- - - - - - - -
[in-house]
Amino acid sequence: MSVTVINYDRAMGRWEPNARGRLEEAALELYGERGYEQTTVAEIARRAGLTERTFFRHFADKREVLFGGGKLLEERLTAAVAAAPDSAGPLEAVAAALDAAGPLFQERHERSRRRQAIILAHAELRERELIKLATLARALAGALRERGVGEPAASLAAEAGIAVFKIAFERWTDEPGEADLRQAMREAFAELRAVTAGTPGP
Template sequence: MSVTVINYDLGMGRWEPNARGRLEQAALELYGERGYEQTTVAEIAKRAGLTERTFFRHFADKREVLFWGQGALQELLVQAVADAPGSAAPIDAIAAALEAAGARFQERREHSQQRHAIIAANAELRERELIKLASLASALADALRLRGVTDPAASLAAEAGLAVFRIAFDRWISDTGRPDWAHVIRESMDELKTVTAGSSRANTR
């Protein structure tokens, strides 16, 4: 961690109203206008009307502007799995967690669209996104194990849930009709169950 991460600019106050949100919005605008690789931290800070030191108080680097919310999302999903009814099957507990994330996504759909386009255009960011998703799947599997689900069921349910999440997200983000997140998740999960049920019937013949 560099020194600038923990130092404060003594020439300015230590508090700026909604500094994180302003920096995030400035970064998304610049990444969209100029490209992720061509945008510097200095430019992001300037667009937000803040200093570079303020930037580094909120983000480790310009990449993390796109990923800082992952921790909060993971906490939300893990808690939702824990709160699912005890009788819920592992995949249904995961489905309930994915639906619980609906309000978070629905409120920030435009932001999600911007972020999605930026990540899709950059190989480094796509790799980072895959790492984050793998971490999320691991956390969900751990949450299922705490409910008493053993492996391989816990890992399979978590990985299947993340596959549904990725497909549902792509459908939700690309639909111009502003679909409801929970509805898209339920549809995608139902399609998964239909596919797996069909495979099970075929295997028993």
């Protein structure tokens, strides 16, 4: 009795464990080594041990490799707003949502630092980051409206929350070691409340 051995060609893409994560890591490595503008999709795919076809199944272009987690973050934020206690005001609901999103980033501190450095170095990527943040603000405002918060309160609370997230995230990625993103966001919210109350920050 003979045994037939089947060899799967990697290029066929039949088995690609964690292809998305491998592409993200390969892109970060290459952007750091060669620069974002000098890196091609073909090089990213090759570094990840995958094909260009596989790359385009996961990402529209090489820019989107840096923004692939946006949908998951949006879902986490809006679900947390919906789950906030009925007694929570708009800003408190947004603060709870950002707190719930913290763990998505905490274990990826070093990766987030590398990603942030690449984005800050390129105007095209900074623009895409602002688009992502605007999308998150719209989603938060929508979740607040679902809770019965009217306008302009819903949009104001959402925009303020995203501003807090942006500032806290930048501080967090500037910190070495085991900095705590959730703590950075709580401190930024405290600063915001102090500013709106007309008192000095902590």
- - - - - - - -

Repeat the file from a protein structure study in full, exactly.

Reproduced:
[in-house]
Amino acid sequence: MSVTVINYDRAMGRWEPNARGRLEEAALELYGERGYEQTTVAEIARRAGLTERTFFRHFADKREVLFGGGKLLEERLTAAVAAAPDSAGPLEAVAAALDAAGPLFQERHERSRRRQAIILAHAELRERELIKLATLARALAGALRERGVGEPAASLAAEAGIAVFKIAFERWTDEPGEADLRQAMREAFAELRAVTAGTPGP
Template sequence: MSVTVINYDLGMGRWEPNARGRLEQAALELYGERGYEQTTVAEIAKRAGLTERTFFRHFADKREVLFWGQGALQELLVQAVADAPGSAAPIDAIAAALEAAGARFQERREHSQQRHAIIAANAELRERELIKLASLASALADALRLRGVTDPAASLAAEAGLAVFRIAFDRWISDTGRPDWAHVIRESMDELKTVTAGSSRANTR
């Protein structure tokens, strides 16, 4: 961690109203206008009307502007799995967690669209996104194990849930009709169950 991460600019106050949100919005605008690789931290800070030191108080680097919310999302999903009814099957507990994330996504759909386009255009960011998703799947599997689900069921349910999440997200983000997140998740999960049920019937013949 560099020194600038923990130092404060003594020439300015230590508090700026909604500094994180302003920096995030400035970064998304610049990444969209100029490209992720061509945008510097200095430019992001300037667009937000803040200093570079303020930037580094909120983000480790310009990449993390796109990923800082992952921790909060993971906490939300893990808690939702824990709160699912005890009788819920592992995949249904995961489905309930994915639906619980609906309000978070629905409120920030435009932001999600911007972020999605930026990540899709950059190989480094796509790799980072895959790492984050793998971490999320691991956390969900751990949450299922705490409910008493053993492996391989816990890992399979978590990985299947993340596959549904990725497909549902792509459908939700690309639909111009502003679909409801929970509805898209339920549809995608139902399609998964239909596919797996069909495979099970075929295997028993």
């Protein structure tokens, strides 16, 4: 009795464990080594041990490799707003949502630092980051409206929350070691409340 051995060609893409994560890591490595503008999709795919076809199944272009987690973050934020206690005001609901999103980033501190450095170095990527943040603000405002918060309160609370997230995230990625993103966001919210109350920050 003979045994037939089947060899799967990697290029066929039949088995690609964690292809998305491998592409993200390969892109970060290459952007750091060669620069974002000098890196091609073909090089990213090759570094990840995958094909260009596989790359385009996961990402529209090489820019989107840096923004692939946006949908998951949006879902986490809006679900947390919906789950906030009925007694929570708009800003408190947004603060709870950002707190719930913290763990998505905490274990990826070093990766987030590398990603942030690449984005800050390129105007095209900074623009895409602002688009992502605007999308998150719209989603938060929508979740607040679902809770019965009217306008302009819903949009104001959402925009303020995203501003807090942006500032806290930048501080967090500037910190070495085991900095705590959730703590950075709580401190930024405290600063915001102090500013709106007309008192000095902590």